Original NASA ASRS Text
Title: PLT OF AN SMT TWIN TURBOPROP EXPERIENCED A COMPLETE ELECTRICAL FAILURE AT NIGHT AND LANDED AFTER CONTACTING ATC ON A HAND HELD RADIO AND MANUALLY EXTENDING THE LNDG GEAR. HE WAS ALONE WITH ONLY A FLASHLIGHT TO LIGHT THE R PANEL FLT INSTS WHICH WERE NON ELECTRIC.
Narrative: THE FLT INVOLVED A COMPLETE ELECTRICAL FAILURE AT NIGHT AND A SUCCESSFUL LNDG. THE EVENTS LEADING UP TO THE PROB ARE AS FOLLOWS: AFTER DEPARTING BINGHAMPTON, NY, FOR PROVIDENCE, RI, AROUND DUSK, (I WAS ALONE ON THIS FLT) AND WAS CLRED TO 17000 FT (MY REQUESTED ALT) AND DIRECT PONEE INTXN. PONEE WAS SET IN MY GPS AND UPON ARRIVING AT 17000 FT I SET THE ALT CTL AND TURNED TO THE CHART CASE BEHIND THE COPLT'S SEAT TO GET THE HIGH LEVEL CHART (I FILED FOR 17000 FT AND DIDN'T EXPECT TO USE THEM). WHEN I LOOKED BACK AT THE PANEL I WAS AT 16800 FT AND THE ALT LIGHT WAS OUT, SO I RESET IT AND LOOKED DOWN AT THE CHART. WHEN I LOOKED UP THE LIGHT WAS OUT AGAIN AND I WAS AT 17200 FT, AND WHEN I SET IT AGAIN IT WOULDN'T HOLD, BUT THE REST OF THE AUTOPLT (HEADING) WAS WORKING. SHORTLY AFTER WHILE TRYING TO FIGURE WHAT HAPPENED THE REST OF THE AUTOPLT WENT OUT AS DID EVERYTHING ELSE IN THE COCKPIT. AT THIS POINT I GOT OUT A FLASHLIGHT AND TOLD CTR ON MY EMER COM ABOUT THE PROB AND THEY GAVE ME VECTORS TO THE NEAREST ARPT (ALBANY) AND CLRED ME DOWN TO 11000 FT. WHILE DSNDING I GOT OUT THE CHKLIST AND STARTED FOLLOWING THROUGH THE SEQUENCE FOR THE FAILURE, RESETTING THE L GENERATOR, BUT NOTHING HAPPENED. AS I WAS ABOUT TO TRY THE R SIDE I WAS SWITCHED TO ALBANY APCH AND GIVEN A FEW IDENTING TURNS. I WAS READING THE INSTS ON THE R SIDE WITH THE FLASHLIGHT (THE L SIDE IS ELECTRIC) WHEN THE EMER COM WENT OUT. AT THAT POINT I DECIDED TO STOP TROUBLESHOOTING, CONCENTRATE ON FLYING THE ACFT AND GET IT SAFELY ON THE GND. I USED THE EMER GEAR EXTENSION AND WAS ABLE TO LISTEN TO ALBANY APCH ON THE HAND-HELD, BUT THEY COULDN'T HEAR ME. I HADN'T DECLARED AN EMER BECAUSE I KNEW I COULD LAND SAFELY AND THAT THEY HAD CLRED TFC UNTIL I GOT IN. THIS EVENT HAPPENED FRI NIGHT AND BECAUSE OF THE WEEKEND I HAVEN'T BEEN ABLE TO FIND OUT WHAT CAUSED BOTH GENERATORS TO GO OUT OR WHY MY EMER COM ONLY LASTED A FEW MINS. AFTER LNDG I GOT AN APU AND STARTED BOTH ENGS AND ALTHOUGH THE L ONE WOULDN'T COME ON LINE THE R ONE DID. IN LOOKING BACK I'M SURE THE R ONE WOULD HAVE COME BACK ON LINE IF I HAD CONTINUED TROUBLESHOOTING BUT I FEEL ONCE YOU MAKE A DECISION YOU SHOULD STICK WITH IT. WITH THE ARPT IN FRONT OF ME AND THE GEAR DOWN I KNEW I COULD LAND SAFELY SO I HAVE TO FEEL I MADE THE RIGHT DECISION.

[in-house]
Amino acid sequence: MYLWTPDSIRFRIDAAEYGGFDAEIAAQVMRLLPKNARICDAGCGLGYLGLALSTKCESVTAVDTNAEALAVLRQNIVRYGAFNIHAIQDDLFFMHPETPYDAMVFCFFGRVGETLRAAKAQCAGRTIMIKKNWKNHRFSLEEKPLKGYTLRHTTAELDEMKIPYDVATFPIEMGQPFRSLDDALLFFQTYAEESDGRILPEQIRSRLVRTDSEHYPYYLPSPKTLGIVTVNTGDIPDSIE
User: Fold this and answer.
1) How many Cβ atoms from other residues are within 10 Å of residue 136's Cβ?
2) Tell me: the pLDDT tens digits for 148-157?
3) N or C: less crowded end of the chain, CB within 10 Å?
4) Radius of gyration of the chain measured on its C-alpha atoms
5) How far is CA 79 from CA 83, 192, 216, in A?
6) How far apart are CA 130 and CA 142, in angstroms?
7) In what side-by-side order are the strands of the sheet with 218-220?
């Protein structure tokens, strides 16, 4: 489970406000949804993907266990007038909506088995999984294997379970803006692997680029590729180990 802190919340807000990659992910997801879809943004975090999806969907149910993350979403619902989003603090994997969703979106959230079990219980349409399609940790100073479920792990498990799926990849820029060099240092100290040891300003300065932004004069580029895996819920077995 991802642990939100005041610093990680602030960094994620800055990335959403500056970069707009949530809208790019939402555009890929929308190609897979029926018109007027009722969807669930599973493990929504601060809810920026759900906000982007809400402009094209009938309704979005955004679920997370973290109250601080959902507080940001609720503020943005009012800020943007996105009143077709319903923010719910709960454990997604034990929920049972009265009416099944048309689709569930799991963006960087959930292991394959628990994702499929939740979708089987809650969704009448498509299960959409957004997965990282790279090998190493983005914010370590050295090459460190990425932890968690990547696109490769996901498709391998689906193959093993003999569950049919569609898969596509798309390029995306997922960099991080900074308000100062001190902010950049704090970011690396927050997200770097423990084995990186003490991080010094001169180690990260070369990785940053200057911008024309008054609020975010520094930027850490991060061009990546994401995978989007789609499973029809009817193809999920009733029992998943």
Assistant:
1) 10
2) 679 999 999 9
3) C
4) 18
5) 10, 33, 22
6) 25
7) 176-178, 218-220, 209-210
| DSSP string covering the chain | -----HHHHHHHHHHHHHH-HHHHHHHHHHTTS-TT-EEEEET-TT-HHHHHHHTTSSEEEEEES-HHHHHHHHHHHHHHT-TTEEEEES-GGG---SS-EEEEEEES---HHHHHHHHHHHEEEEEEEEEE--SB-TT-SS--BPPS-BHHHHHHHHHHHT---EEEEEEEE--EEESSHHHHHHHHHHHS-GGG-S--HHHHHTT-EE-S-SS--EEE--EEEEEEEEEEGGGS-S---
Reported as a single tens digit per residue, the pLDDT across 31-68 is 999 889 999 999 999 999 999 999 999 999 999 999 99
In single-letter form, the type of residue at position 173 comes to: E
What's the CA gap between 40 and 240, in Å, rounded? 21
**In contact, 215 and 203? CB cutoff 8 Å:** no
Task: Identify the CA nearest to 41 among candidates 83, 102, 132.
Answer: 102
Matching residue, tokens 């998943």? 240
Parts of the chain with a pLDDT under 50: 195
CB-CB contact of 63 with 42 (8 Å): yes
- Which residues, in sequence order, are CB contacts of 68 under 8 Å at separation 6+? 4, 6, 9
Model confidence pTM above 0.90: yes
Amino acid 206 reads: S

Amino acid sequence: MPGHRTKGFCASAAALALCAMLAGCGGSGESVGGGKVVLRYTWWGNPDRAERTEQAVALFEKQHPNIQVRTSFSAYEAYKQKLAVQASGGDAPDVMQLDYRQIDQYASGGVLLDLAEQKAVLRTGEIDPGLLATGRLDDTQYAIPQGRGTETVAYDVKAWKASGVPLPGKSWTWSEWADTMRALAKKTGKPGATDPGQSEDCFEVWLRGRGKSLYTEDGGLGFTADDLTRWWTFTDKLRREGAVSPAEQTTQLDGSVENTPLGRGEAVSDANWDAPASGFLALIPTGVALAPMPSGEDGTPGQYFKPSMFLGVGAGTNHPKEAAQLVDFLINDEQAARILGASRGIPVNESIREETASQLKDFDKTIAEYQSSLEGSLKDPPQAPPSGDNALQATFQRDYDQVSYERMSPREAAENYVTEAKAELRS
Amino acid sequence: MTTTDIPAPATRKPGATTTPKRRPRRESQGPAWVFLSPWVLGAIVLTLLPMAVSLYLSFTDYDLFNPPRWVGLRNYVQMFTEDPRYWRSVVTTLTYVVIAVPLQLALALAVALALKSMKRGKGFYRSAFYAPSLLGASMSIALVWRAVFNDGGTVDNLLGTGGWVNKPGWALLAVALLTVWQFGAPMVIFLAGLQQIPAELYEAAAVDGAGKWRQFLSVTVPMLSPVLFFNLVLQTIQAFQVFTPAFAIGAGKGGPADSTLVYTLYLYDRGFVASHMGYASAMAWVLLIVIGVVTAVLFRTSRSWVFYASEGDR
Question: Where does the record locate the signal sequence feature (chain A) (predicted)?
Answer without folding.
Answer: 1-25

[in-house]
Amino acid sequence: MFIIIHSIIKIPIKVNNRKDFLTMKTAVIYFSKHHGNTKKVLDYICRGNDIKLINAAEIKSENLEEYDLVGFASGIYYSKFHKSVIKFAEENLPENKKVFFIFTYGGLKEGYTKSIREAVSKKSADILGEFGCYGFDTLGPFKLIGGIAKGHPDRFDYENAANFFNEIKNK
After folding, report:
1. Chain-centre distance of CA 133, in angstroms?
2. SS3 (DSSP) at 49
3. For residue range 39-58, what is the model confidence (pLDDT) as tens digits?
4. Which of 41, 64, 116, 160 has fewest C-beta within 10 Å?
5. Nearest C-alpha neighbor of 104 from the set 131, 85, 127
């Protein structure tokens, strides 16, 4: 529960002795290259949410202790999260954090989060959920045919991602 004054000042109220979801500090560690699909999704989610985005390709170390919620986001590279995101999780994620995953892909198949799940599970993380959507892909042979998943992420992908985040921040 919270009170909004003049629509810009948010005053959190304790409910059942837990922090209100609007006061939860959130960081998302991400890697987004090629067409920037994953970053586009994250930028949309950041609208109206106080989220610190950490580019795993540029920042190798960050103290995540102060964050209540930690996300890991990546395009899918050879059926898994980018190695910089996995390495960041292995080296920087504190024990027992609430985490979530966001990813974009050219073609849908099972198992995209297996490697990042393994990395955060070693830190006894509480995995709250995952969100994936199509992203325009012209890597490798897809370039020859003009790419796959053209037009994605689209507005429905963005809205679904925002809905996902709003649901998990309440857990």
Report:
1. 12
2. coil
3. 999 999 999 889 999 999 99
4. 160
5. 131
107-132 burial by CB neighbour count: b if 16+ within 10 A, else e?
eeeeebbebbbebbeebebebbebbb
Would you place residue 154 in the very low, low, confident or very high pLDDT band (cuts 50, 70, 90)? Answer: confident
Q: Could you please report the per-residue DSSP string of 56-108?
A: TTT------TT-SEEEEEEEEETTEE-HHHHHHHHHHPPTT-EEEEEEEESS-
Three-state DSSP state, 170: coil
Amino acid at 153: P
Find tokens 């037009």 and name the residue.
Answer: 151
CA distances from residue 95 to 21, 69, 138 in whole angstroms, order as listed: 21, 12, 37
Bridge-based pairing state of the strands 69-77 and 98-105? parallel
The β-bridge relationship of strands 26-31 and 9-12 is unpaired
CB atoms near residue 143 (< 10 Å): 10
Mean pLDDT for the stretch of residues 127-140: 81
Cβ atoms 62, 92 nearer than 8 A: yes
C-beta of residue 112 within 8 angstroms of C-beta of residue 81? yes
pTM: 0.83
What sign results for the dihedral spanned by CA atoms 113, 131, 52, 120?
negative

Data retrieved from NASA's ASRS site as of July 2007 and automatically converted to unabbreviated mixed upper/lowercase text. This report is for informational purposes with no guarantee of accuracy. See NASA's ASRS site for official report.